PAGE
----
The Progressive Building Society turned down a 2011 offer from former Co-op boss Paul Flowers to buy the business, the Belfast Telegraph can reveal.
Mr Flowers, who was a trained Methodist minister, visited the Progressive's Belfast headquarters in 2011 to put his proposal forward.
But the mutual, which is Northern Ireland's only home-grown and locally-owned lender, turned down the offer.
Two years later, Mr Flowers became known as the Crystal Methodist after he was exposed for drug-taking, while the bank suffered losses of over £1.5bn.
It has since closed its only Northern Ireland branch, which was located in Belfast.
In today's Big Interview, Progressive chief executive Darina Armstrong says the building society was glad it turned down the offer from the Co-op, but that she was impressed at the research non-executive chairman Mr Flowers had done into the business.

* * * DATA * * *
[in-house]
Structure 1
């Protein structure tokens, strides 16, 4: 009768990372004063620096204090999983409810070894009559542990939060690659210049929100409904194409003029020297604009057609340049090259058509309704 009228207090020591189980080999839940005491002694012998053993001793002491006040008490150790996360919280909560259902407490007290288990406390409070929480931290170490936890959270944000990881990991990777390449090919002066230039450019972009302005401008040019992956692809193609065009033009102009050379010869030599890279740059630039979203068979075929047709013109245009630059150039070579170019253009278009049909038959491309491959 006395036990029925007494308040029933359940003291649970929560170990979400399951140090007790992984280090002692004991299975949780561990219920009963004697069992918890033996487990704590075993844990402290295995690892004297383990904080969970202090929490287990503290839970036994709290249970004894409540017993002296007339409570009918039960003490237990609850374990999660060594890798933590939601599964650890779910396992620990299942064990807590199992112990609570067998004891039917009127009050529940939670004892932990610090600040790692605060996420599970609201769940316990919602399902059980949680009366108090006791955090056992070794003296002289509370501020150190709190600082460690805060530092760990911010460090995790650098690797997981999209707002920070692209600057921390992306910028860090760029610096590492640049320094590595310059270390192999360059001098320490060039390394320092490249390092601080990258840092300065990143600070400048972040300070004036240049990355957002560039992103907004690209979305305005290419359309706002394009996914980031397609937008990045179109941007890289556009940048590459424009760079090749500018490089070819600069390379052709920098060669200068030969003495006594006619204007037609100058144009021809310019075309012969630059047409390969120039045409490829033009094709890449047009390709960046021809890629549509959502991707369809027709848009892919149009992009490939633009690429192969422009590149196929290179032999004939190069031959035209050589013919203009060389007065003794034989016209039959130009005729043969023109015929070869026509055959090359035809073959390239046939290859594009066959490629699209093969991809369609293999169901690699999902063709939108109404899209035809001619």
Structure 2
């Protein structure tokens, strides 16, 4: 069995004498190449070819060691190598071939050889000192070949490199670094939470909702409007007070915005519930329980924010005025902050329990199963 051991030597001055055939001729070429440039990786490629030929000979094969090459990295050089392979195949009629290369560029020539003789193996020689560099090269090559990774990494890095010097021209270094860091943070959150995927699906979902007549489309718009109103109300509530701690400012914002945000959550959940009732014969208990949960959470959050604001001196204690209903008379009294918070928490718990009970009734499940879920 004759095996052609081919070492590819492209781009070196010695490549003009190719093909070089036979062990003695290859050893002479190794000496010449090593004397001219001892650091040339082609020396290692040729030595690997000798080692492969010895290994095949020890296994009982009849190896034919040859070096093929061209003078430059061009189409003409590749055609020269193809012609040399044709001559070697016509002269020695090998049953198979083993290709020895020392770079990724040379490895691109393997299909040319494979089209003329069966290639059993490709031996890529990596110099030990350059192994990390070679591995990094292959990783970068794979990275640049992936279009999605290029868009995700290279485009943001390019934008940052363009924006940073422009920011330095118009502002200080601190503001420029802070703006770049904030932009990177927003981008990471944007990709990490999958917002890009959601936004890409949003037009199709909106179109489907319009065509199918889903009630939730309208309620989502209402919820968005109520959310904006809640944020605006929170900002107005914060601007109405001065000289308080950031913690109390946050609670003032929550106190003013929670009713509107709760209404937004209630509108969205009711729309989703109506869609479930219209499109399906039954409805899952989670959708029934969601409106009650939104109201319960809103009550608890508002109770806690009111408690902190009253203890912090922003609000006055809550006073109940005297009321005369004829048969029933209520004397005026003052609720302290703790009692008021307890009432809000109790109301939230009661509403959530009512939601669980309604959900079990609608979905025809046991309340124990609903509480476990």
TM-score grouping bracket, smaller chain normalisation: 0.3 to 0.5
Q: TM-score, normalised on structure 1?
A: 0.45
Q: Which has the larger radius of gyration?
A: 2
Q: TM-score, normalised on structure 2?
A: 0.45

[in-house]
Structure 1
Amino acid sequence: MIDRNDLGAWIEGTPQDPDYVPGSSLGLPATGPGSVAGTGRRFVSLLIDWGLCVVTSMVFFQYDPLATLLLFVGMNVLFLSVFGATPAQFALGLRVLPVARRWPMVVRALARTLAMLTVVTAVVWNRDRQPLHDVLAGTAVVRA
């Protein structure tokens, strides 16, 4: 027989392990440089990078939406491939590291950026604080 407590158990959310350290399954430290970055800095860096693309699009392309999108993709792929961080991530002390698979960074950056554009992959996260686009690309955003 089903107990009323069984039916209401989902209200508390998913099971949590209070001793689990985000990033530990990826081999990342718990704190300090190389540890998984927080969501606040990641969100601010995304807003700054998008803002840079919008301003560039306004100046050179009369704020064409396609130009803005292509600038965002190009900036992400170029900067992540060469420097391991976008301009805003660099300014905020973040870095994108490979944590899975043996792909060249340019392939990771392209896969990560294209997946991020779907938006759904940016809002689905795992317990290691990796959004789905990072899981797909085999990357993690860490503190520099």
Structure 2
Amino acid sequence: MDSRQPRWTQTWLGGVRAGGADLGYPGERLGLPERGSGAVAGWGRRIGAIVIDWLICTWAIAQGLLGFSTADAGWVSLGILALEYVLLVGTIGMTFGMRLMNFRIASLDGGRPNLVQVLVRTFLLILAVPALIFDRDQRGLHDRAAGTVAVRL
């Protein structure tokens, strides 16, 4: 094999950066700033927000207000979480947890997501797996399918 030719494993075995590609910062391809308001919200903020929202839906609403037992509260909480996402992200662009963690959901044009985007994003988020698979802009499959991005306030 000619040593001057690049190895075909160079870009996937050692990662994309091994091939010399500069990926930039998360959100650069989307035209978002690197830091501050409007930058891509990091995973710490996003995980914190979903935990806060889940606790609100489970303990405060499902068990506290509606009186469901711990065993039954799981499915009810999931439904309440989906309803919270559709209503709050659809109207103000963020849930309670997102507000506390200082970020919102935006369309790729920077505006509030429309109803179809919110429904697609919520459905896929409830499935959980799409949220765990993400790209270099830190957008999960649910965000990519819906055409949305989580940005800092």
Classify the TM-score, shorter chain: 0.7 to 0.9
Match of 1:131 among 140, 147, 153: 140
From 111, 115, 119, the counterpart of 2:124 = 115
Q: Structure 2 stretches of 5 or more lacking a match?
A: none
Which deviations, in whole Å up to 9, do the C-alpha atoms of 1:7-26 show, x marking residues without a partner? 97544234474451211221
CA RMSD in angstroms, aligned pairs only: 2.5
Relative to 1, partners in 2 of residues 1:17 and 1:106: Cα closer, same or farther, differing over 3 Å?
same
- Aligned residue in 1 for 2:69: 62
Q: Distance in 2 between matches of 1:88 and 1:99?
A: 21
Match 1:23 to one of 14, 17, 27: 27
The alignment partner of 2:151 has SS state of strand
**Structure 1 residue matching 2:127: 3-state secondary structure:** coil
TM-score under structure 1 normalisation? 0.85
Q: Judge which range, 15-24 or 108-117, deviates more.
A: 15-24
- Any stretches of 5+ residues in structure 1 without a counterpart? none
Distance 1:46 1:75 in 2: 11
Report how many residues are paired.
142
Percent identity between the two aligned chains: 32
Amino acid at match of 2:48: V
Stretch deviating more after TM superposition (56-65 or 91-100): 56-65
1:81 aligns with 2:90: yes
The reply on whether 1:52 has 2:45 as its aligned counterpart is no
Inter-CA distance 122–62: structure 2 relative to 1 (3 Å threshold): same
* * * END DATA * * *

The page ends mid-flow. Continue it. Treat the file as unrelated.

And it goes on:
She said: "We passionately believe that remaining independent is for the better interests of all our members."
The company posted a £14m pre-tax profit in 2015 as mortgage lending soared by a fifth in one year.
Mrs Armstrong today tells Business Telegraph that the society is continuing to see healthy mortgage lending during 2016.
Progressive, which Mrs Armstrong joined as an accountant in 1992, has just over 89,000 savings members and more than 25,000 mortgage members.
The society prides itself on prudence and caution in its lending policies and stayed in the black during the downturn.
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